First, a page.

“Two’s company, three’s a crowd” may be a proverb for those scared of groups, but it’s also a handy way of remembering your Chinese. The character for person looks a bit like someone walking in profile: 人. Take three of these, huddled in a little group, and you’ve got a crowd: 众
Such is the beautiful graphic logic revealed in a new book, Chineasy, which shines a spotlight of childlike clarity on the seemingly impenetrable world of Chinese ideograms. For anyone who’s tried to learn Mandarin (and I am one of them), the painful hours of repeating stroke after stoke, until those tiny knots of random scratches are carved into your memory, can be enough to make you give up – particularly given the daunting fact that an average Chinese adult will have mastered around 5,000 such characters. Never mind the 50,000+ that await.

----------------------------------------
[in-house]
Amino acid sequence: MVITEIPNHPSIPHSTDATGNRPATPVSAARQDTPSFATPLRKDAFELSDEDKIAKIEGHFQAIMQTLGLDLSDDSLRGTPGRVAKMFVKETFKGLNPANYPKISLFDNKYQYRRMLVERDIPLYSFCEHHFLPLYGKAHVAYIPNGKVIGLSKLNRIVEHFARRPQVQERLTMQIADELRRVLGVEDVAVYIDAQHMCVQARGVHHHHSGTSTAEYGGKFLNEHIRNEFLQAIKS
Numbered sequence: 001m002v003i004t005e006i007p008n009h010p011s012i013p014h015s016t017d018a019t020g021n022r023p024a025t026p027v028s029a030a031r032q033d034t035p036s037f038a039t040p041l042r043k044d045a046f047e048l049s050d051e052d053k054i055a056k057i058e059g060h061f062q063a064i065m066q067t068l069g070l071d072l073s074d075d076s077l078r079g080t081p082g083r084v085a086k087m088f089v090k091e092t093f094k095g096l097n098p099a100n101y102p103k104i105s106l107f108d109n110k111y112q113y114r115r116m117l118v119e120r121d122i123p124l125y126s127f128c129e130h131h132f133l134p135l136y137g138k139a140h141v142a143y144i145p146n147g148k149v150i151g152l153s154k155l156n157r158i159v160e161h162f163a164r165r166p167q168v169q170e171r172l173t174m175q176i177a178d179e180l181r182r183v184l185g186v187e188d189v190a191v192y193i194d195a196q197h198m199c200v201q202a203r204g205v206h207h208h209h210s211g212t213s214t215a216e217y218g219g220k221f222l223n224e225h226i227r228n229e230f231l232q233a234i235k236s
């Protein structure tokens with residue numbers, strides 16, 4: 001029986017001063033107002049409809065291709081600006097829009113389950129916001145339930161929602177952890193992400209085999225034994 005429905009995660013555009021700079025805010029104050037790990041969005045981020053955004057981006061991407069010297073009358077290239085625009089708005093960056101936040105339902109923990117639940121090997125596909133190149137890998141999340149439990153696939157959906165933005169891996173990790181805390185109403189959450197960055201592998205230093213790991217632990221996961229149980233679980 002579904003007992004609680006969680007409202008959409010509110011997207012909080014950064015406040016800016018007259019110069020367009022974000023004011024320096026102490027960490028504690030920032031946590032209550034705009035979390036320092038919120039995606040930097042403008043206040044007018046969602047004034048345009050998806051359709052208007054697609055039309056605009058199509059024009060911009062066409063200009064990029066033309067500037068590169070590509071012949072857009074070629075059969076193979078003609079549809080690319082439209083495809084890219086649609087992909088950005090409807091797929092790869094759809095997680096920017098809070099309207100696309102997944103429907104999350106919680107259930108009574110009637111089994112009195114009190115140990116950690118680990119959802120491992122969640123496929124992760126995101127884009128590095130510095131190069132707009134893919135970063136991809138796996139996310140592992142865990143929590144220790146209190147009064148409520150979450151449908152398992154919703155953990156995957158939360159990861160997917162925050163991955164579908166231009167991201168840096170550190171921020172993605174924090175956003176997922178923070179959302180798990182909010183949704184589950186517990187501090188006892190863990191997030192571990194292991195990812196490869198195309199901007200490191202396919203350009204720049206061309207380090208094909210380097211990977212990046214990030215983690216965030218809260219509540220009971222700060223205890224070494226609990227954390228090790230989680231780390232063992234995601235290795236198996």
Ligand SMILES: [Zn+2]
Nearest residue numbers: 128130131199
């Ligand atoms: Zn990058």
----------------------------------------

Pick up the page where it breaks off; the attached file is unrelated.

But in the hands of author ShaoLan Hsueh and graphic genius Noma Bar, the process is broken down into a visual story, depicting exactly why these mysterious bunches of lines are the way they are, and how they combine to form different words. It doesn’t quite make Chinese easy, but the prospect of learning it has never been so visually appealing.